In addition to providing anonymous access to internet services, the network also allows for anonymous or hidden web site hosting as well.  These hidden websites (which are accessible only through TOR), allow not only the users to be anonymous but the servers as well:
A Hidden service is a server – often delivering web pages – that is reachable only through the Tor network. While most people know that the Tor network with its thousands of volunteer-run nodes provides anonymity for users who don´t want to be tracked and identified on the internet, the lesser-known hidden service feature of Tor provides anonymity also for the server operator.
According to TOR, this allows the service to:
protect dissidents, activists, and protect the anonymity of users trying to find help for suicide prevention, domestic violence, and abuse-recovery. Whistleblowers and journalists use hidden services to exchange information in a secure and anonymous way and publish critical information in a way that is not easily traced back to them. The New Yorker's Strongbox is one public example.
Anonymous web hosting can also be used for nefarious purposes, as is the case with the examples below.

TOR's recent controversy began with the arrest of a man in Ireland named Eric Eoin Marques.  The FBI alleges that the 28 year old Mr. Marques is "the largest facilitator of child porn on the planet."  Mr. Marques is also "believed to be behind Freedom Hosting, the biggest service provider for sites on the encrypted Tor network".

According to The Verge:

Freedom Hosting is the largest and best-known hidden service provider, hosting a number of prominent darknet destinations, including well-known child pornography sites as well as [site name redacted by the diarist], an online marketplace for drugs and other illegal merchandise. Its high profile as a safe haven for child porn earned it the ire of internet activist collective Anonymous, which used DDoS attacks to temporarily take it offline in 2011. Marques is scheduled to appear in Ireland’s High Court on Thursday, reports The Independent.
In all fairness to TOR, they released a statement:
The person, or persons, who run Freedom Hosting are in no way affiliated or connected to The Tor Project, Inc., the organization coordinating the development of the Tor software and research.
So, the Freedom Hosting servers are now down (along with the child porn it was serving) and Mr. Marques is in jail awaiting extradition to Maryland to face the FBI charges.  But the story doesn't end here, it just gets more interesting.

Apparently, to make TOR easier to use, the TOR team created a package called the TOR Browser Bundle (TBB).  The TBB is based on a modified version of a Firefox release, named Firefox 17 ESR.  According to TOR:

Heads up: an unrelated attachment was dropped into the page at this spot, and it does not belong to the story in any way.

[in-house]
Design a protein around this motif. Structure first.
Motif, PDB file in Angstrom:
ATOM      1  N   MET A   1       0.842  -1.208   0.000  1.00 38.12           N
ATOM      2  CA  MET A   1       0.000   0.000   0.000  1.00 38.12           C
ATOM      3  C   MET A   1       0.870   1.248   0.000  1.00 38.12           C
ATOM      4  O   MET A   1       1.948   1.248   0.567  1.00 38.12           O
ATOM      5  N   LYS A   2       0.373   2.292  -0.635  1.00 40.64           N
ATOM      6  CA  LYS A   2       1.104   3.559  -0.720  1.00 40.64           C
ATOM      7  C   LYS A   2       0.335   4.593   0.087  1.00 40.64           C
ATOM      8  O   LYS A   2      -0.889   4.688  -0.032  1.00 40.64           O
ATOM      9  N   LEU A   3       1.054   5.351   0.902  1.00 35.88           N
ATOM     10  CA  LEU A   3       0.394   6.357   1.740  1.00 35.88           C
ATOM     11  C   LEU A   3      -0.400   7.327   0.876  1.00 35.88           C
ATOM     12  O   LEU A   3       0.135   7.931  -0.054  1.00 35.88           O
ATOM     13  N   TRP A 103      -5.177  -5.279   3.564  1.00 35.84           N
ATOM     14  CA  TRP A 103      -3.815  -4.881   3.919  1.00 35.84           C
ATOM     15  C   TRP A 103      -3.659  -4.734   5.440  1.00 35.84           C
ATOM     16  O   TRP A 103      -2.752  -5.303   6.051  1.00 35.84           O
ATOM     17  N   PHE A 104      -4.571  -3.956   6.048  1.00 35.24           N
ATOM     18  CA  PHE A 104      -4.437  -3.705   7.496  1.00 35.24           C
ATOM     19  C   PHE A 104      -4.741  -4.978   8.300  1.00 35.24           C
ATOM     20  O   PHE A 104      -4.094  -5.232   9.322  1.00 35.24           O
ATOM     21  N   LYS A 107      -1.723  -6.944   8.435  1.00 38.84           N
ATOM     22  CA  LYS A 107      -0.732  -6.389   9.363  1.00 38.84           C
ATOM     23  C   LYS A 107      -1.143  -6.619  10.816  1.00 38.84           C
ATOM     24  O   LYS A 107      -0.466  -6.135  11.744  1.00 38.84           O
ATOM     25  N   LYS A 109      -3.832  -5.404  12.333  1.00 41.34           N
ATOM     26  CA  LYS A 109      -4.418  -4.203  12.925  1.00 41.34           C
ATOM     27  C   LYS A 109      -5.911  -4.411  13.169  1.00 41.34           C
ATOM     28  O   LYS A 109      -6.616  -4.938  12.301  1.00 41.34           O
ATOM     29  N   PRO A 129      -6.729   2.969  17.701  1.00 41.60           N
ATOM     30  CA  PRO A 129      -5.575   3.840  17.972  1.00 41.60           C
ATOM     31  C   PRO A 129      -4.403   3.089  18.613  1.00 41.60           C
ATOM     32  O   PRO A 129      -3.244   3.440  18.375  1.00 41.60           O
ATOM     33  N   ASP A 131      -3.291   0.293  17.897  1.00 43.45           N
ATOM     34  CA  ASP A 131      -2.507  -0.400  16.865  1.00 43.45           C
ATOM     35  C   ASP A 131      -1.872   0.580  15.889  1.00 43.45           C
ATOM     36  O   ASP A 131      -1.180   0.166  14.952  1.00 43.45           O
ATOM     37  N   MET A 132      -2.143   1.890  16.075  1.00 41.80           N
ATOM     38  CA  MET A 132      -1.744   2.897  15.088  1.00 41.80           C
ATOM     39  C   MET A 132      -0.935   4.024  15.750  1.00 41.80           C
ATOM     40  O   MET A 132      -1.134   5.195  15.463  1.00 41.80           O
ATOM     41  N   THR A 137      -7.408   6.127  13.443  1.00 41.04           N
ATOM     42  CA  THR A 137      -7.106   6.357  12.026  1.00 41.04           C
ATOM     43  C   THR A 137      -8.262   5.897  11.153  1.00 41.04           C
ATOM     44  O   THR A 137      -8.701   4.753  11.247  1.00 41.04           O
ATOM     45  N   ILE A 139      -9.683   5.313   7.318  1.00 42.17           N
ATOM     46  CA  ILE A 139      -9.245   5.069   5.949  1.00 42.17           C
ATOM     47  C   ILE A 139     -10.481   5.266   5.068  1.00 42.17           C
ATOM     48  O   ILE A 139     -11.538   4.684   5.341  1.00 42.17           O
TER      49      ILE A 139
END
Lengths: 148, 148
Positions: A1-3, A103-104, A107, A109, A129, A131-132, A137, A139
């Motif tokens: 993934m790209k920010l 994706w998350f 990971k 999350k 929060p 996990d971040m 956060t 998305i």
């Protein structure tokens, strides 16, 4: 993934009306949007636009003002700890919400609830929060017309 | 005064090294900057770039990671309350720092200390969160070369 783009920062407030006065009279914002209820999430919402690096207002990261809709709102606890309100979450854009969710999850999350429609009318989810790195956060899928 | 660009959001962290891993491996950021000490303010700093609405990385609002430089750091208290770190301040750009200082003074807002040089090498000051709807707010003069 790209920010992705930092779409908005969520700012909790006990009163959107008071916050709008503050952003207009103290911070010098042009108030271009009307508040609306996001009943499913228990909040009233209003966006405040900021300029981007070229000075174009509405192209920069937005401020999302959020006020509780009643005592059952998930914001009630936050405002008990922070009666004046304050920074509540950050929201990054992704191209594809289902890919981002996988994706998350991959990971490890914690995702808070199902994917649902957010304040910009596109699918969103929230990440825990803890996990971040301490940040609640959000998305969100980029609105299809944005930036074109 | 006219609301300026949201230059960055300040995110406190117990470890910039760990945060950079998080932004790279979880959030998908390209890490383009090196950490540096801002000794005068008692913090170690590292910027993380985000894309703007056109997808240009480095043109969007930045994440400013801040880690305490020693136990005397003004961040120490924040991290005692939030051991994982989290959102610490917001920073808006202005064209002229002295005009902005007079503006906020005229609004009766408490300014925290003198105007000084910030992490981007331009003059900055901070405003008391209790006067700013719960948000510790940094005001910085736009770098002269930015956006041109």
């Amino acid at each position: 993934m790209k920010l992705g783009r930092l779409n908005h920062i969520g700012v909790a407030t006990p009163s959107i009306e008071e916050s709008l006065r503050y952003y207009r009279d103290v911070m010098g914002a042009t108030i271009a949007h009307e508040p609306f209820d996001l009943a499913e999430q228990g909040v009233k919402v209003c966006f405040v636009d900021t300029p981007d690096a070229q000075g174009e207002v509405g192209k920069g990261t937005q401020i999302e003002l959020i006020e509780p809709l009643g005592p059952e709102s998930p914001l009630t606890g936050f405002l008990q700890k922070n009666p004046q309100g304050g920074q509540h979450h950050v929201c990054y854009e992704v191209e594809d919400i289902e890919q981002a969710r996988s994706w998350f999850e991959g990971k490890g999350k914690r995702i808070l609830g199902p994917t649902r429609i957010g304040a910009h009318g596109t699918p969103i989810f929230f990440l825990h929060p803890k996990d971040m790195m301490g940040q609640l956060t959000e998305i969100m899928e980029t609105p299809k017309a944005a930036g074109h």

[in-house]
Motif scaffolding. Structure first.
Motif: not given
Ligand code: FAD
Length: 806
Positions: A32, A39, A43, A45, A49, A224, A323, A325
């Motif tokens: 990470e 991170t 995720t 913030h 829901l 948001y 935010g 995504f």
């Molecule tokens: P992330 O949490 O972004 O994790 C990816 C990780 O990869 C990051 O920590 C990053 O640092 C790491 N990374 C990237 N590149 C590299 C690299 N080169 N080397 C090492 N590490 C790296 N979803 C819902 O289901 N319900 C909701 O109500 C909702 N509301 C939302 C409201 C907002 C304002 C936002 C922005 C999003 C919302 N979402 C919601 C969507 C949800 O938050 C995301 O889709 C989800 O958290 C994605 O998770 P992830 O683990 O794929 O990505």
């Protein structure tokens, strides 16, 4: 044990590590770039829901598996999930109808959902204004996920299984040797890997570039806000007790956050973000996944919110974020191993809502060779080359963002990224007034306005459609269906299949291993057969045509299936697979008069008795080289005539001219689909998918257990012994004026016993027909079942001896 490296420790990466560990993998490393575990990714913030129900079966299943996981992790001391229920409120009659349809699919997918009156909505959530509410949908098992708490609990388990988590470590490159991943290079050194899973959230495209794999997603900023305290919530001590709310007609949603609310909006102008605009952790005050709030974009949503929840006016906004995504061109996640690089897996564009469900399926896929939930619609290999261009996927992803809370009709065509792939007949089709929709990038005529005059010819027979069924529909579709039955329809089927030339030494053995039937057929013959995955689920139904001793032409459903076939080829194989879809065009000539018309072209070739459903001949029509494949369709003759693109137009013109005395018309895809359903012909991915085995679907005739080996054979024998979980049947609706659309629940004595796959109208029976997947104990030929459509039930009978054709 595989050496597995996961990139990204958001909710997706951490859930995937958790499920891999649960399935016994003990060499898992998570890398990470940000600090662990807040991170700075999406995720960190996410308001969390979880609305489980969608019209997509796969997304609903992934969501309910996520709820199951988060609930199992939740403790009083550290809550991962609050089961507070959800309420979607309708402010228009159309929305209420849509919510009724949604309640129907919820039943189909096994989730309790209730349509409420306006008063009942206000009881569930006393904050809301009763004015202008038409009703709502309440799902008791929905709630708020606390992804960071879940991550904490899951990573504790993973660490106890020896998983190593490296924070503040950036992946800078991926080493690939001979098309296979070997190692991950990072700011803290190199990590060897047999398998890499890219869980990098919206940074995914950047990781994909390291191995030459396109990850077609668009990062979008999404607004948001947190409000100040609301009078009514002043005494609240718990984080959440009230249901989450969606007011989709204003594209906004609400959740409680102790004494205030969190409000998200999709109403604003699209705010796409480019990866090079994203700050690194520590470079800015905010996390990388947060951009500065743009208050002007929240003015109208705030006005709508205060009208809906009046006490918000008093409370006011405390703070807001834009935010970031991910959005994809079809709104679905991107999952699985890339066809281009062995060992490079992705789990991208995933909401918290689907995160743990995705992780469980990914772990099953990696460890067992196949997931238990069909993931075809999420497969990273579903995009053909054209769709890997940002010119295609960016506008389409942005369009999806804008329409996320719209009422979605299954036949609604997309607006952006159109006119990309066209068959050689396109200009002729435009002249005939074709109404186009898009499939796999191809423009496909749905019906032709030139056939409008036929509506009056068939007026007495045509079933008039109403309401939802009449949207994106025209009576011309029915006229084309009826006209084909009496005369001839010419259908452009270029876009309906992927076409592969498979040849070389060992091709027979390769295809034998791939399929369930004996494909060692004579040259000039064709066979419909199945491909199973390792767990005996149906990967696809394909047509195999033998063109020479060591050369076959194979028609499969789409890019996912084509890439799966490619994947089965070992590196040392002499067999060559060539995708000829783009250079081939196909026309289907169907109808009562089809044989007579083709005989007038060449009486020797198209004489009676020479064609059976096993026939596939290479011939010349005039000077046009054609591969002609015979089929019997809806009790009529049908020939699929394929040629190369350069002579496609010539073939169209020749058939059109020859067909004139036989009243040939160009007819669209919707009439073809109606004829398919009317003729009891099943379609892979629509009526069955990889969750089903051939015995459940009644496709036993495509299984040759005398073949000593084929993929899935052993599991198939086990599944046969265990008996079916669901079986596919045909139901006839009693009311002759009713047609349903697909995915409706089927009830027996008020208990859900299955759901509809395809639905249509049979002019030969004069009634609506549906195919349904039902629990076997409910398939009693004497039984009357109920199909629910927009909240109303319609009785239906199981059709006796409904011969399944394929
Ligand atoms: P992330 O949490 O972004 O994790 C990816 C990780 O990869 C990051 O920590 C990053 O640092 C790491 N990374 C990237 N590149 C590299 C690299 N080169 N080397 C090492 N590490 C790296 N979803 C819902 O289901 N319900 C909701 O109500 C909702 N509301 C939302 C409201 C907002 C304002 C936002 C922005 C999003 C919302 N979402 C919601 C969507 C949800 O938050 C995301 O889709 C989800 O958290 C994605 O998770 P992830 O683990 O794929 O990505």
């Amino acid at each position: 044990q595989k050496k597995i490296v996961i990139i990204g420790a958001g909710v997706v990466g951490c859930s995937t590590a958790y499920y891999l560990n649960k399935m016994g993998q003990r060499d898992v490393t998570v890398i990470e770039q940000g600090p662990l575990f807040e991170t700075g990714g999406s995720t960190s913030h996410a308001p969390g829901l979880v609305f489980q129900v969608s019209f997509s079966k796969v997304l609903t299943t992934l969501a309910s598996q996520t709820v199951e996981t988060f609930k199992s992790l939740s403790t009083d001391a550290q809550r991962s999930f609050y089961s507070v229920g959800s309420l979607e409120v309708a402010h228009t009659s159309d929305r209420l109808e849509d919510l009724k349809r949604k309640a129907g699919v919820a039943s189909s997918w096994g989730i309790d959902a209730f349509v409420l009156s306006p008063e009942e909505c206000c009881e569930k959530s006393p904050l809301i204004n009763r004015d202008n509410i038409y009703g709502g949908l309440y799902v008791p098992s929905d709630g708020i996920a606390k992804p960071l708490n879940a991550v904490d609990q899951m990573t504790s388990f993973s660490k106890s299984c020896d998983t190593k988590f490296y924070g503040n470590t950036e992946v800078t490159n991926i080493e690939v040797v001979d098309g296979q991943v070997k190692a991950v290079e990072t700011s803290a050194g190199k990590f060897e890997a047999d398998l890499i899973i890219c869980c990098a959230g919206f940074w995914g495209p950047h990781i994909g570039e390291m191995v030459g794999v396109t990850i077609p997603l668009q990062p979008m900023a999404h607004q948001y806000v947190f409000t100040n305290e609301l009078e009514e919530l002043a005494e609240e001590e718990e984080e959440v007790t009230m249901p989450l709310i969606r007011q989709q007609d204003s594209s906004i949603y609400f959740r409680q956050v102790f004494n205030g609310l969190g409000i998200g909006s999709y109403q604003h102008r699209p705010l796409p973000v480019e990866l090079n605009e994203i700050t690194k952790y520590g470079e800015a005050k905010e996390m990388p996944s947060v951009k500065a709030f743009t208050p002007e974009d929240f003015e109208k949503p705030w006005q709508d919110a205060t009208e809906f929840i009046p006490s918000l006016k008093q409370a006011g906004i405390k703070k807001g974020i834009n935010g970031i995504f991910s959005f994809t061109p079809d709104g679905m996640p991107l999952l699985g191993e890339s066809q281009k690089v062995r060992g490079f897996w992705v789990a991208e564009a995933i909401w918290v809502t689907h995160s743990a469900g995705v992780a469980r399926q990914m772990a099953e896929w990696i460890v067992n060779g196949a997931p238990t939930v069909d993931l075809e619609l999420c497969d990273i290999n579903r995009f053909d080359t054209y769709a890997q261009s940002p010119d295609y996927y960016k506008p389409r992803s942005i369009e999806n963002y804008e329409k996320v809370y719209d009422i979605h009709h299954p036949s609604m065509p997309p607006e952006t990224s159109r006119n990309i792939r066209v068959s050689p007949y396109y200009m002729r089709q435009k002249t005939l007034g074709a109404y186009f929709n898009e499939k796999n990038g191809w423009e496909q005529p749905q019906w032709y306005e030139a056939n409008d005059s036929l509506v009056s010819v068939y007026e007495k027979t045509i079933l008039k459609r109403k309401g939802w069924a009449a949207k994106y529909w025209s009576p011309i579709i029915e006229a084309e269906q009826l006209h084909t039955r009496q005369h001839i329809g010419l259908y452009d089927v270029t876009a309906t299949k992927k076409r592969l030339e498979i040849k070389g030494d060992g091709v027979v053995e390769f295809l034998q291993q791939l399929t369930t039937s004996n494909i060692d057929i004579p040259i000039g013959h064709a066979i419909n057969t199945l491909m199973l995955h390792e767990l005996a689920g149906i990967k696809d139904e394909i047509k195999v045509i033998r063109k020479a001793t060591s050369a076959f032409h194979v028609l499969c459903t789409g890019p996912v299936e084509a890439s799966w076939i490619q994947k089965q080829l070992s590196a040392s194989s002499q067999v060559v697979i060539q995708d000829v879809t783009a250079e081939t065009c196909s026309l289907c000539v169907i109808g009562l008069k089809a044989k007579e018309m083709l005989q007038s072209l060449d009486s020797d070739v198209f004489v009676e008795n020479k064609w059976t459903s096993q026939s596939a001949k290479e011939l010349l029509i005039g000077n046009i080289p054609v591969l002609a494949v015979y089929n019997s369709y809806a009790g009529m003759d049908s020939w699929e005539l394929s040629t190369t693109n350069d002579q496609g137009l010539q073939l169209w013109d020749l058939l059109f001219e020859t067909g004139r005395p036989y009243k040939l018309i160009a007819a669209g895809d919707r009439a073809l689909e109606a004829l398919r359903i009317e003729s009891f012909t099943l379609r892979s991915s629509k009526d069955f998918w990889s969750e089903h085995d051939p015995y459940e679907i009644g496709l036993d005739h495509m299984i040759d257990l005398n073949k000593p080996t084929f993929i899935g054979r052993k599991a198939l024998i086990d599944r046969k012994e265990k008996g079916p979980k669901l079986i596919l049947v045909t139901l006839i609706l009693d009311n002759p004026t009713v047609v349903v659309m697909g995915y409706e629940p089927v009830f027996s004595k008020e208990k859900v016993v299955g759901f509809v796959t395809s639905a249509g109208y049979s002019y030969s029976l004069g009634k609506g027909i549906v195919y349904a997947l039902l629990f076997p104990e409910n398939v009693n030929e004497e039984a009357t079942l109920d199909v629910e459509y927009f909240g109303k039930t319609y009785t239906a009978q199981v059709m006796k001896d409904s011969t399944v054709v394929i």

The Tor Browser Bundle lets you use Tor on Windows, Mac OS X, or Linux without needing to install any software. It can run off a USB flash drive, comes with a pre-configured web browser to protect your anonymity, and is self-contained.
An exploit of TBB allowed this to occur:
Before being taken down, the Freedom Hosting site was serving malware that targeted users of the Tor Browser Bundle (TBB), which is based on Firefox 17 and is the easiest way for people to access Tor's hidden services. Based on a teardown of the malware, it was an iFrame injection script designed only to plant a universally unique identifier (UUID) on a target's computer. "Ironically, all [the malicious script] does is perform a GET request to a new domain, which is hosted outside of the Tor network, while transferring the same UUID," the head of intelligence for Israeli cybersecurity firm Cyberhat, Ofir David, told security reporter Brian Krebs. "That way, whoever is running this exploit can match any Tor user to his true Internet address, and therefore track down the Tor user." David said he believed the hack attack and takedown were tied to Marques' arrest.
Not only were web sites impacted, but according to InformationWeek:
"The outage appeared to take numerous hidden Tor services offline, including the HackBB forums and the anonymous Tor Mail service."
In short, anyone accessing Freedom Hosting servers was not anonymous if they were using anything other than the latest, patched, version of TBB.  It is not clear to me if users of the other affected TOR services were compromised.  It should also be noted that this was not a 0 day exploit, a bug had been opened in June with Mozilla (the organization which develops Firefox) against the vulnerability which allowed this exploit to occur.  According to Mozilla the bug has been fixed and a new version of Firefox ESR has been released.  The TOR project did release a rather interesting statement related to this issue, when it said yesterday (August 4):